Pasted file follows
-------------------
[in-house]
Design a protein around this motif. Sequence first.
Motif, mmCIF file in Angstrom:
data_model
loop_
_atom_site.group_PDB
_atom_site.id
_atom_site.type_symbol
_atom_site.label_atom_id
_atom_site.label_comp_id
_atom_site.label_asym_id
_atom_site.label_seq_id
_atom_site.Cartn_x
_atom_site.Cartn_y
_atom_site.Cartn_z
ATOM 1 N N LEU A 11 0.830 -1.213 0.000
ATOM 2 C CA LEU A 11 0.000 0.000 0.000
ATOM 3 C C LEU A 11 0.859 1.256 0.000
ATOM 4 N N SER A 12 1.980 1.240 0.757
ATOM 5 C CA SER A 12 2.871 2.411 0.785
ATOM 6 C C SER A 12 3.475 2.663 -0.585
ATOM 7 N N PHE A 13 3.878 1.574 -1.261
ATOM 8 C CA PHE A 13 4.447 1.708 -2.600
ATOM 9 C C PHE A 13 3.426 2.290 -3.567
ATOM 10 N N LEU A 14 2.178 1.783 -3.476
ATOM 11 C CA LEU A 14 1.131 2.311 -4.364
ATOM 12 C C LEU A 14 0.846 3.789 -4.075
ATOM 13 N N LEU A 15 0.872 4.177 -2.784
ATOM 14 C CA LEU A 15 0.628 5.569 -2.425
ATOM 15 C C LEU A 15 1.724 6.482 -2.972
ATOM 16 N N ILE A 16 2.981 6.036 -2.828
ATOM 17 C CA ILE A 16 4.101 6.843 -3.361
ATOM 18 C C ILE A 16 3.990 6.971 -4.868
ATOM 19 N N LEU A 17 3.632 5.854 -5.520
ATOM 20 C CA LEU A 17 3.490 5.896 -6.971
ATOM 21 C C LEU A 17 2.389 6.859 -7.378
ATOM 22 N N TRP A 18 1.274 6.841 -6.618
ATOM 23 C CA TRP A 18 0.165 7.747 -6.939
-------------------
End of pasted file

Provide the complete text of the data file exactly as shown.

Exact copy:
[in-house]
Design a protein around this motif. Sequence first.
Motif, mmCIF file in Angstrom:
data_model
loop_
_atom_site.group_PDB
_atom_site.id
_atom_site.type_symbol
_atom_site.label_atom_id
_atom_site.label_comp_id
_atom_site.label_asym_id
_atom_site.label_seq_id
_atom_site.Cartn_x
_atom_site.Cartn_y
_atom_site.Cartn_z
ATOM 1 N N LEU A 11 0.830 -1.213 0.000
ATOM 2 C CA LEU A 11 0.000 0.000 0.000
ATOM 3 C C LEU A 11 0.859 1.256 0.000
ATOM 4 N N SER A 12 1.980 1.240 0.757
ATOM 5 C CA SER A 12 2.871 2.411 0.785
ATOM 6 C C SER A 12 3.475 2.663 -0.585
ATOM 7 N N PHE A 13 3.878 1.574 -1.261
ATOM 8 C CA PHE A 13 4.447 1.708 -2.600
ATOM 9 C C PHE A 13 3.426 2.290 -3.567
ATOM 10 N N LEU A 14 2.178 1.783 -3.476
ATOM 11 C CA LEU A 14 1.131 2.311 -4.364
ATOM 12 C C LEU A 14 0.846 3.789 -4.075
ATOM 13 N N LEU A 15 0.872 4.177 -2.784
ATOM 14 C CA LEU A 15 0.628 5.569 -2.425
ATOM 15 C C LEU A 15 1.724 6.482 -2.972
ATOM 16 N N ILE A 16 2.981 6.036 -2.828
ATOM 17 C CA ILE A 16 4.101 6.843 -3.361
ATOM 18 C C ILE A 16 3.990 6.971 -4.868
ATOM 19 N N LEU A 17 3.632 5.854 -5.520
ATOM 20 C CA LEU A 17 3.490 5.896 -6.971
ATOM 21 C C LEU A 17 2.389 6.859 -7.378
ATOM 22 N N TRP A 18 1.274 6.841 -6.618
ATOM 23 C CA TRP A 18 0.165 7.747 -6.939